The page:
I would add that we modern humans even think that our dogs share with us similar food needs and tastes. This becomes clear with just a quick glance at the labels found in the pet food sections of most markets. Below are just some that I have encountered. Who could resist not bringing home some of these scrumptious delicacies for their tail-wagging gourmet gourmands.

Referring back to Ann’s quest for holiday reds and greens in food, I have to concede that beyond the colors on the labels, what most Americans feed their canine counterparts does not come in greens or reds. After processing of the labels’ ingredients, it generally ends up with colors ranging from “underwhelming pate-gray” to “chunky, syrupy brown” as Tove Danovich says in her Eater article. So, in the final analysis, I have to admit that including dog food in her search for holiday colors would not have been helpful to Ann for finding red and green eatables, but it certainly would have earned her a few brown-y points from the gourmet dog owners who read our blog.

Picking up some dog food at Swedes Feeds, our go-to gourmet pet food source. Oakley loves the place! (Photo courtesy of Aspen)

I’ve got to run; it’s time to feed Oakley. I think she’s going to enjoy her Taste of the Wild Southwest Canyon Formula selection for this evening, containing beef, beef broth, beef liver, peas, wild boar, sweet potatoes, and raspberries, along with 42 other ingredients. I truly doubt that she will care if it comes out of the can a “chunky, syrupy brown.”

Oakley’s Southwest Canyon Formula dinner. If you look close you can see a “green” pea.

Bon appétit Oakley!

*Note: although DogTime.com claims that the term dog owner relegates the animal to the status of mere property without recognizing that it has its own rights, thoughts, and feelings, I could think of no other convenient way to refer to a person who owns a dog.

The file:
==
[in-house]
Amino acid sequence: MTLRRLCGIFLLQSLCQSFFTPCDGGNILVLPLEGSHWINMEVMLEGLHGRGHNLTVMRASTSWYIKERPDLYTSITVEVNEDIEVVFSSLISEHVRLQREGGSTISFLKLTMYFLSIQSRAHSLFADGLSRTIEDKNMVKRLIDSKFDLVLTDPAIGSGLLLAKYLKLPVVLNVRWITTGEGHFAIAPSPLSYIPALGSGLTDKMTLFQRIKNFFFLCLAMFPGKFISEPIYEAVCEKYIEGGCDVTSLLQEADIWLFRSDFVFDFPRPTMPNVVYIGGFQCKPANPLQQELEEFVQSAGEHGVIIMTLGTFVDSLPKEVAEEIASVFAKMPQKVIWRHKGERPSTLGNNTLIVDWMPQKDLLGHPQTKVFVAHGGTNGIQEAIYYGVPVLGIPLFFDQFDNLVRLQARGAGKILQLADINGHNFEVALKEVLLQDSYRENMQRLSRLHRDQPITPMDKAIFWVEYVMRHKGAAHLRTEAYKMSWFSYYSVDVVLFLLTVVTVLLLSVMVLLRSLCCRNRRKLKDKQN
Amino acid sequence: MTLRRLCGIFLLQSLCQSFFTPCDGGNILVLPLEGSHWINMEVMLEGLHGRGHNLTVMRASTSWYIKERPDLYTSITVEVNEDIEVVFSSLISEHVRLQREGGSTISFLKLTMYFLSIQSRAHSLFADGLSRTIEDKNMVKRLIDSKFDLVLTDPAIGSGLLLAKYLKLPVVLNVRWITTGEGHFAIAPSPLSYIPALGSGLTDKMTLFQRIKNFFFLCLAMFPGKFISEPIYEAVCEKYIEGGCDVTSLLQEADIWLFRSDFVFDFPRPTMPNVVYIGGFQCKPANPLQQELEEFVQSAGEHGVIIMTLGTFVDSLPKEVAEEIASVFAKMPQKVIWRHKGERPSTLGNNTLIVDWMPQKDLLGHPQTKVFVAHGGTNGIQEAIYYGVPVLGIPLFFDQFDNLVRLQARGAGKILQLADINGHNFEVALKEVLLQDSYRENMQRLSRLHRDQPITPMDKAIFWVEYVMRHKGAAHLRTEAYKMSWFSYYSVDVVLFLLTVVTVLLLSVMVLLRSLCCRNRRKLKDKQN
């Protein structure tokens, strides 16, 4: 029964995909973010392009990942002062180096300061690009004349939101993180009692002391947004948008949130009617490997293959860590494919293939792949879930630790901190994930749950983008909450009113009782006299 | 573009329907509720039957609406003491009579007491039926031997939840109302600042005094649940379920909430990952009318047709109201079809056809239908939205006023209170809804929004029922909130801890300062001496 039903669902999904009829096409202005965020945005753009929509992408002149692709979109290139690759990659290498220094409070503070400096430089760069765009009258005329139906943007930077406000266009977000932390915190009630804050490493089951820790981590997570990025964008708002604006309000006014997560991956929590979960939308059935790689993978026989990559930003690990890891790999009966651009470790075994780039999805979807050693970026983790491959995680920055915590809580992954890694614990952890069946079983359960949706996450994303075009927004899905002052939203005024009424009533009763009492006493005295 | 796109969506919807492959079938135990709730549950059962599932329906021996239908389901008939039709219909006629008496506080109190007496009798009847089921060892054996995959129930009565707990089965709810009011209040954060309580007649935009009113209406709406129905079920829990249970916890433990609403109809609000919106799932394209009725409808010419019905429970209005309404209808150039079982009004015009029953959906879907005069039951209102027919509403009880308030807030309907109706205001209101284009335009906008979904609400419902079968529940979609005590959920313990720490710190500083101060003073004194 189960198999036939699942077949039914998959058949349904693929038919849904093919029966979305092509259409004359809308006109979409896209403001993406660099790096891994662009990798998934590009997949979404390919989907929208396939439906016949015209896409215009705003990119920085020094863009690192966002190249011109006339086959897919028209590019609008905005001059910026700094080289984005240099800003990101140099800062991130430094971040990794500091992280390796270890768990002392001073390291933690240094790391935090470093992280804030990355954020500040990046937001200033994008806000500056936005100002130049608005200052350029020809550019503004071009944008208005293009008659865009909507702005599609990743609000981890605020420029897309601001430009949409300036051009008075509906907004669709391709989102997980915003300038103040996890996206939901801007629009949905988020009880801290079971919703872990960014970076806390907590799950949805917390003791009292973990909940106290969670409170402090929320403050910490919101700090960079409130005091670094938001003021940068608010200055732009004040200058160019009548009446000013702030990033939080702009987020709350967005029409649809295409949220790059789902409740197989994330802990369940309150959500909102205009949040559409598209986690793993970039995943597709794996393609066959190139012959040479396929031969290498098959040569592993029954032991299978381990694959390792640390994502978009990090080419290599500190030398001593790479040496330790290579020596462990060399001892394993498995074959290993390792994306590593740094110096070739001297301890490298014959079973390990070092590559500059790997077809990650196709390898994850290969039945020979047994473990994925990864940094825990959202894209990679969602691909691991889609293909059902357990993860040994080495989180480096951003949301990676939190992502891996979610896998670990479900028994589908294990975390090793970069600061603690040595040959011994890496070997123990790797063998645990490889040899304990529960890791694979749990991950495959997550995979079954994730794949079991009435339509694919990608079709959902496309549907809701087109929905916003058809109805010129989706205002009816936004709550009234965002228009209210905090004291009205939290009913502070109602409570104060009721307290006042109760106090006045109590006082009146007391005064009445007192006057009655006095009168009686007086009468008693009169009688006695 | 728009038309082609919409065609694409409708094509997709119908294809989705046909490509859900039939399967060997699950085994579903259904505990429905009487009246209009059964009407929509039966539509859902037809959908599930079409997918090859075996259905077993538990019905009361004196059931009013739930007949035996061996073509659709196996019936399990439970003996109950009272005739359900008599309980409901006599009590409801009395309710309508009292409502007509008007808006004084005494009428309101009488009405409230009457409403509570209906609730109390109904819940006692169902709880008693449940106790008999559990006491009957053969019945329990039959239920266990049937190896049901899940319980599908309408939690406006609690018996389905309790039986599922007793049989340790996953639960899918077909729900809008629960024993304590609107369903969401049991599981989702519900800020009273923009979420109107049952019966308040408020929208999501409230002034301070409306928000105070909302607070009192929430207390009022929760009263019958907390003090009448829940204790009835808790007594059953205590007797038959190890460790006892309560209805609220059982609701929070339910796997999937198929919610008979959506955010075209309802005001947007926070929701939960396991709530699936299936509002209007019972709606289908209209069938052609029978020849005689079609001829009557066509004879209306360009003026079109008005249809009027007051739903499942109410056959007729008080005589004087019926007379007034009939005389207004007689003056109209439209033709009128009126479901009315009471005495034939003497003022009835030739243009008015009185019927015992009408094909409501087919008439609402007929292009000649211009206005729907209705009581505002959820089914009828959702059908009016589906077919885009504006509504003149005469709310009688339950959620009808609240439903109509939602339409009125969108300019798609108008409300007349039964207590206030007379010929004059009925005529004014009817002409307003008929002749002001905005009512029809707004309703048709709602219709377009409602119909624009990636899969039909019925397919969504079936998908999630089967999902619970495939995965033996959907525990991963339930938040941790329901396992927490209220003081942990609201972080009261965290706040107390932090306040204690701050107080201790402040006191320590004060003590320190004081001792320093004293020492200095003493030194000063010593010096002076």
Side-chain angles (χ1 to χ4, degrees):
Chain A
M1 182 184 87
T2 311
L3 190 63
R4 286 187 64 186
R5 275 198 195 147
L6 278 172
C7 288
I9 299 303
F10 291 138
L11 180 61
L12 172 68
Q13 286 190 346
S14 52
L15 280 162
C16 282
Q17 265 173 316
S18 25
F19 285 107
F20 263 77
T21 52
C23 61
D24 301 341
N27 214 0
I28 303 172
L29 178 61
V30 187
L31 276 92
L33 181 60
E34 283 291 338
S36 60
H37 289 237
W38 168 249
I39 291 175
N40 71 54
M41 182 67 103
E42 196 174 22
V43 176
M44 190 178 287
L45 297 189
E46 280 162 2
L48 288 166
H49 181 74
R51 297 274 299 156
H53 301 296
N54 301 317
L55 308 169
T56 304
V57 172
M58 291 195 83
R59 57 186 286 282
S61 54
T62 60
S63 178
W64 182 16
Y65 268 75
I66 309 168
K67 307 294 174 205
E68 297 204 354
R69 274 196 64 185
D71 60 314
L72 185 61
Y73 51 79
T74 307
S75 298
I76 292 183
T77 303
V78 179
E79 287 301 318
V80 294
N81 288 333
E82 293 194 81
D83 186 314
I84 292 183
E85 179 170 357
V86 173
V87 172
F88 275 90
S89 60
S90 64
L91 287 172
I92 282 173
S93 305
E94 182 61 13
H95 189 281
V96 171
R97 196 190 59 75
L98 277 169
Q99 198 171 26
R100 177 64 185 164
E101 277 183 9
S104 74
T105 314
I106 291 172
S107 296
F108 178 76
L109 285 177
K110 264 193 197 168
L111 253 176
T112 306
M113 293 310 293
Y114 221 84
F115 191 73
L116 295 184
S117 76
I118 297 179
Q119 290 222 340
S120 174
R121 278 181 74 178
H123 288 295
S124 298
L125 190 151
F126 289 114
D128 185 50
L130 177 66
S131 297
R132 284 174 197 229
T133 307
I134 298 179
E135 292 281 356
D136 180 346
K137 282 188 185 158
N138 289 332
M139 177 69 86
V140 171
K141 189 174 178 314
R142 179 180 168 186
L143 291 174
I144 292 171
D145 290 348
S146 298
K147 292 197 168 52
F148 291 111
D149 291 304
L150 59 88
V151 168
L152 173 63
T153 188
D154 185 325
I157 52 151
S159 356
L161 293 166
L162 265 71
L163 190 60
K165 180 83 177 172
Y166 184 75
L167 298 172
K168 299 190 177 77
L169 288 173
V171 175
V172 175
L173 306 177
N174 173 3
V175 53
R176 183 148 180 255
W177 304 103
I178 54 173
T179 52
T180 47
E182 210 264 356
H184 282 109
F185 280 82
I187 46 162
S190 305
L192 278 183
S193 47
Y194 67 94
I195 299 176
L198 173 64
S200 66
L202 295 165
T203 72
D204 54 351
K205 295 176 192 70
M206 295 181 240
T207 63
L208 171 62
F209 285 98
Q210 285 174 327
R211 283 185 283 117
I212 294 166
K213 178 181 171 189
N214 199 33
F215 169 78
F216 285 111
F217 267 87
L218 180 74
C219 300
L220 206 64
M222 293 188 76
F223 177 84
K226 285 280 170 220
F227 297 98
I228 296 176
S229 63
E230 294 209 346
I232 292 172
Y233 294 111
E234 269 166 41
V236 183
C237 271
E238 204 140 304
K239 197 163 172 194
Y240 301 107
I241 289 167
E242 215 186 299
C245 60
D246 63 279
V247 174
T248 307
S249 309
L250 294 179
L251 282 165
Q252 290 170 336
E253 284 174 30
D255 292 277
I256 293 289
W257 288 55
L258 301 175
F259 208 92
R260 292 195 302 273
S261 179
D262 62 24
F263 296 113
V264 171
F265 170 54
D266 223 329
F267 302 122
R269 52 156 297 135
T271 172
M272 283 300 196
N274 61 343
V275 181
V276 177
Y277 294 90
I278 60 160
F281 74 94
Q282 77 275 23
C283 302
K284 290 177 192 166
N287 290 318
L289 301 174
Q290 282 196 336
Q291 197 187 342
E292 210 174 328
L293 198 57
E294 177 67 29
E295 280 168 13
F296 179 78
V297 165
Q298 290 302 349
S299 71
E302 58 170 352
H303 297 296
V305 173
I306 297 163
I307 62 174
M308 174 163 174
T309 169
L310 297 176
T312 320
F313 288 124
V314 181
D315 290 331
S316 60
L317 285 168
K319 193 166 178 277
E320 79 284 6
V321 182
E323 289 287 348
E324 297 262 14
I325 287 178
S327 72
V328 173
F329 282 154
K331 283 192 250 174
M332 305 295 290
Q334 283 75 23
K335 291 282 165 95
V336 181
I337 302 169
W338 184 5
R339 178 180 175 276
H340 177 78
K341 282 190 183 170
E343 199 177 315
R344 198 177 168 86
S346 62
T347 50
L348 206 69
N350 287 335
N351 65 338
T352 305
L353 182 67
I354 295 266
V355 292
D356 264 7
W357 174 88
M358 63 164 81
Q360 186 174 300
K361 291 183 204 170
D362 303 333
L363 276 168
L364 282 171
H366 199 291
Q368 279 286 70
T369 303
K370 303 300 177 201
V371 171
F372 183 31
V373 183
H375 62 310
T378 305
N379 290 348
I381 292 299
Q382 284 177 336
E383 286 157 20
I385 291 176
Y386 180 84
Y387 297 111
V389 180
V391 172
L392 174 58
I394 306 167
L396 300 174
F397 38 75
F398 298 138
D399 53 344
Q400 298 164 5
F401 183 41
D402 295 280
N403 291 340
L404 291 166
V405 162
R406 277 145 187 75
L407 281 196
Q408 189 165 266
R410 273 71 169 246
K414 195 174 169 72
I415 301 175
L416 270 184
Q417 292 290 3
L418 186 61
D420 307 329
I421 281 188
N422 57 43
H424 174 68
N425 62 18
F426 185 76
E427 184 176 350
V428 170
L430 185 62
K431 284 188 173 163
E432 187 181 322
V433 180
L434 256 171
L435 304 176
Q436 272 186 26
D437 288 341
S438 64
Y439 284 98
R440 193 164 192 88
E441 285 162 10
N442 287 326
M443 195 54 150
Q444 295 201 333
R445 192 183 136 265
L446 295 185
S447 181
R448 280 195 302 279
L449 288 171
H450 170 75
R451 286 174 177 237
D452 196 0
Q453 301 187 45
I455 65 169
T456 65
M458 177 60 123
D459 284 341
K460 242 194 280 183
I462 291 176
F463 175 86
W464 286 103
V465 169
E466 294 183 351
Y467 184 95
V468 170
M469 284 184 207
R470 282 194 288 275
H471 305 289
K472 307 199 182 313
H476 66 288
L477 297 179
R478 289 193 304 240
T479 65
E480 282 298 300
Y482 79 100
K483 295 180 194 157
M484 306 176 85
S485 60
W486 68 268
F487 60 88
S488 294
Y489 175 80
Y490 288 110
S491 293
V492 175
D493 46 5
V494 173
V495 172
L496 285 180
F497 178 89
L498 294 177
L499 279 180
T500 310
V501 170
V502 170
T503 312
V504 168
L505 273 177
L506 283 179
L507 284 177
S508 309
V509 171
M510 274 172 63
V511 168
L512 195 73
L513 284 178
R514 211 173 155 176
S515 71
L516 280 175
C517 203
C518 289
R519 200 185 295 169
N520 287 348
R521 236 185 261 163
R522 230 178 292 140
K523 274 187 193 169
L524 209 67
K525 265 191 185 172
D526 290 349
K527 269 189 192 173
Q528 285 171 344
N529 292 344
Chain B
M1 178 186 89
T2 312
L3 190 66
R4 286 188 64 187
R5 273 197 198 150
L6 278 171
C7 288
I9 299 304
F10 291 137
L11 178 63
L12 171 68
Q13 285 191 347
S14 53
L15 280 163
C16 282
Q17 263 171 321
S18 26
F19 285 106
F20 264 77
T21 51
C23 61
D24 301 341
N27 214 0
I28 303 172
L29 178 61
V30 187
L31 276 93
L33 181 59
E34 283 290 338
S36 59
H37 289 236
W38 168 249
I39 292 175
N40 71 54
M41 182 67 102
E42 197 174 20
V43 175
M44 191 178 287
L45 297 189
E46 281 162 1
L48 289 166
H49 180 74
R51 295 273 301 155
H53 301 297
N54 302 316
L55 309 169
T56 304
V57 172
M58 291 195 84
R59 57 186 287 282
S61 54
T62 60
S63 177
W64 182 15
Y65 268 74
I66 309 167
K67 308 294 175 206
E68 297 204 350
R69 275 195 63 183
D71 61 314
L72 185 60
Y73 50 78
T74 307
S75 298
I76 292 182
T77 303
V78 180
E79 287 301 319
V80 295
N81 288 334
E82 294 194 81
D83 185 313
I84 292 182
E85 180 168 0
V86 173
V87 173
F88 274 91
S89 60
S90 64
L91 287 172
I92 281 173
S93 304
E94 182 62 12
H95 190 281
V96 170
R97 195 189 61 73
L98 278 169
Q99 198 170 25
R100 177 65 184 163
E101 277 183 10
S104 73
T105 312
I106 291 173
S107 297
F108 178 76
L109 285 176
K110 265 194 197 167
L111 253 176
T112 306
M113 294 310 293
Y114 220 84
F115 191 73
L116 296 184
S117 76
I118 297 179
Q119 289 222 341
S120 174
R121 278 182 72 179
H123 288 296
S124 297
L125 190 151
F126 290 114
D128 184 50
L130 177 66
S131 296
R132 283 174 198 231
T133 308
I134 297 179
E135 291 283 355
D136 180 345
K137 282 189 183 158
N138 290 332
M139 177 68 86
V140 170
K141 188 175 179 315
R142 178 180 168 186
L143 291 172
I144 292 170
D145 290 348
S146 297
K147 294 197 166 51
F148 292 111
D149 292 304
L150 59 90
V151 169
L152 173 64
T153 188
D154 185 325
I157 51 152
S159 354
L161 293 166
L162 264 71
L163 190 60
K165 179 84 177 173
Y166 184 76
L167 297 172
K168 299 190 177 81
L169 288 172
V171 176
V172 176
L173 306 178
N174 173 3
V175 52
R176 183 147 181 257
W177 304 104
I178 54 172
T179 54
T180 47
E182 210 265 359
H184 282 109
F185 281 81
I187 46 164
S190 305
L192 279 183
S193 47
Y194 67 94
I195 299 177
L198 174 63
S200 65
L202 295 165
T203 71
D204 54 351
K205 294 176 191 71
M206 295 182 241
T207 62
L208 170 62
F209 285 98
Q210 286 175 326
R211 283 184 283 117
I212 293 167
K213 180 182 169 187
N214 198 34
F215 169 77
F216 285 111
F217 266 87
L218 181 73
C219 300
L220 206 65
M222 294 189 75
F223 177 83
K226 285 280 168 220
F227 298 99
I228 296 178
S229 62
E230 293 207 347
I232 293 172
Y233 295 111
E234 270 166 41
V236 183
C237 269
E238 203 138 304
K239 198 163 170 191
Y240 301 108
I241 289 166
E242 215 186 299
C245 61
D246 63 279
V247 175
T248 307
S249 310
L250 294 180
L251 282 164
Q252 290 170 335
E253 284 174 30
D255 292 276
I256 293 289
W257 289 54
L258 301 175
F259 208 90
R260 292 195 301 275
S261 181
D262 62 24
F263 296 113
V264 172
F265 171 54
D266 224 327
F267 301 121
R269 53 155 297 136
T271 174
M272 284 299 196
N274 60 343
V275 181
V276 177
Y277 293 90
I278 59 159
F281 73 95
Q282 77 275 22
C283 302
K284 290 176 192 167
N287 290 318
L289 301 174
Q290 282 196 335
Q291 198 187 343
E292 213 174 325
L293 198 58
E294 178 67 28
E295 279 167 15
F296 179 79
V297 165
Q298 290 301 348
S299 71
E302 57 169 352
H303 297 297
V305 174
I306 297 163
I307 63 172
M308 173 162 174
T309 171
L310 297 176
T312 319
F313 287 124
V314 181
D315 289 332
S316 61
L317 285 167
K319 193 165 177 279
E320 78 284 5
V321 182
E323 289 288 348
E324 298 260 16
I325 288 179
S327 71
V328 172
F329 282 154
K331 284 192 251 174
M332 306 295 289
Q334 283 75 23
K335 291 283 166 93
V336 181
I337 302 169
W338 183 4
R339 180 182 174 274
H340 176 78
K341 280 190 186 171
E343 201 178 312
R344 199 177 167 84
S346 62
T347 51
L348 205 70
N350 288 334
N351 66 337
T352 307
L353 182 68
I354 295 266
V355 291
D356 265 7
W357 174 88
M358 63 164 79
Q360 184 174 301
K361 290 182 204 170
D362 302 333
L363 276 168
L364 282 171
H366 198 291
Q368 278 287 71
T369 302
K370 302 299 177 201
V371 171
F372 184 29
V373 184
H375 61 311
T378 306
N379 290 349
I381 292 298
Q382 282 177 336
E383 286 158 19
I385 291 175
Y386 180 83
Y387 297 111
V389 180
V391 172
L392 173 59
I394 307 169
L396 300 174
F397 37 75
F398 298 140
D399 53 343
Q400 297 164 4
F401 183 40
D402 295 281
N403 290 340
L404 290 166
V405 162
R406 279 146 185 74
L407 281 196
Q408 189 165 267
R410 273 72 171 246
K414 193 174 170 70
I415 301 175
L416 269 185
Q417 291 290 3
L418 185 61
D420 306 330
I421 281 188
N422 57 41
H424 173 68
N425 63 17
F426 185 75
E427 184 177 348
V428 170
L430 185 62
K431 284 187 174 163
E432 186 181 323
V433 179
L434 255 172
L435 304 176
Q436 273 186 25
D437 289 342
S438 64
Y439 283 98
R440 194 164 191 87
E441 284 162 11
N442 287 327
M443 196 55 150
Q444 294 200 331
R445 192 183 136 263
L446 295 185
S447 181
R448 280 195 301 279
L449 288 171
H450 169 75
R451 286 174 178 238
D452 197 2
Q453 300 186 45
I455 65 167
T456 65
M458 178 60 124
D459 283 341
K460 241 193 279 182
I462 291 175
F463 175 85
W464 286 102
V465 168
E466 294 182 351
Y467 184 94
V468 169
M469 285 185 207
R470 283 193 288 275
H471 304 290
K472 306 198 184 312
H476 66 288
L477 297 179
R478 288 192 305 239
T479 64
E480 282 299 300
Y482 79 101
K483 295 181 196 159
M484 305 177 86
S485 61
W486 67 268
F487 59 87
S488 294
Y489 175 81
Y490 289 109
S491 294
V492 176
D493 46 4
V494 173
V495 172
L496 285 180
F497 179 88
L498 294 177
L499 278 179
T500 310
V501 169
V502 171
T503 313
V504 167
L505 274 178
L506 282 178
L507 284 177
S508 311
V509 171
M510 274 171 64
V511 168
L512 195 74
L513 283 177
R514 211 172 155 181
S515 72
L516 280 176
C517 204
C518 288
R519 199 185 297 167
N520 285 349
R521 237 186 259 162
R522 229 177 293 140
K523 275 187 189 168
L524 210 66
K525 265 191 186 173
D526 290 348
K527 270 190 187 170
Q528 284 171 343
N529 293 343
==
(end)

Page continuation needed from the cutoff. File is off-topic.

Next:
1. Bob Owen says:

    Nothing about dry dog food? Growing up, my family always served Purina Dog Chow that was enhanced with our ‘human food’ leftovers and scraps. Our 95 lb. German Shepard really appreciated the meat/grease embellishments to his base diet. And Milk Bones!


    • theRaggedys says:

      Thanks for the comment. You are correct to suggest that dry dog food is an important part of the dog food market. I did mention that by the 1960s the bulk of the dog food sales had shifted to dry kibbles, which in itself is an interesting story. But for the sake of brevity, I didn’t go into any of the details. A pretty good summary can be found here (https://www.thefarmersdog.com/digest/the-history-of-commercial-pet-food-a-great-american-marketing-story/). Sorry for the long url, I am not sure how to imbed (or even spell embed correctly) url’s in comments.

      In addition to the omission of dry dog food, I have been braced for comments from our feline companion lovers for not including cat food – another interesting story I am sure.

      Again, I appreciate your comment. Happy holidays!


  2. Linda Sheppard says:

    In her book Gulp, Mary Roach does a whole chapter on pet food. (Andy, if you haven’t read her, you should. Your kind of humor). Anyway, she said there used to be red dye in kibble to make it more appealing looking. They took it out after people complained it was staining their rugs after the dogs threw up! So much to chew on the this concept!


    • theRaggedys says:

      Darn! That would have been perfect for the blog. And I do like her style. Actually, what seems like long ago, I included her book Stiff: The Curious Lives of Human Cadavers on my reading list for a Death and Dying class I taught at SSU. Thanks for the note and the reference. Have a great holiday season.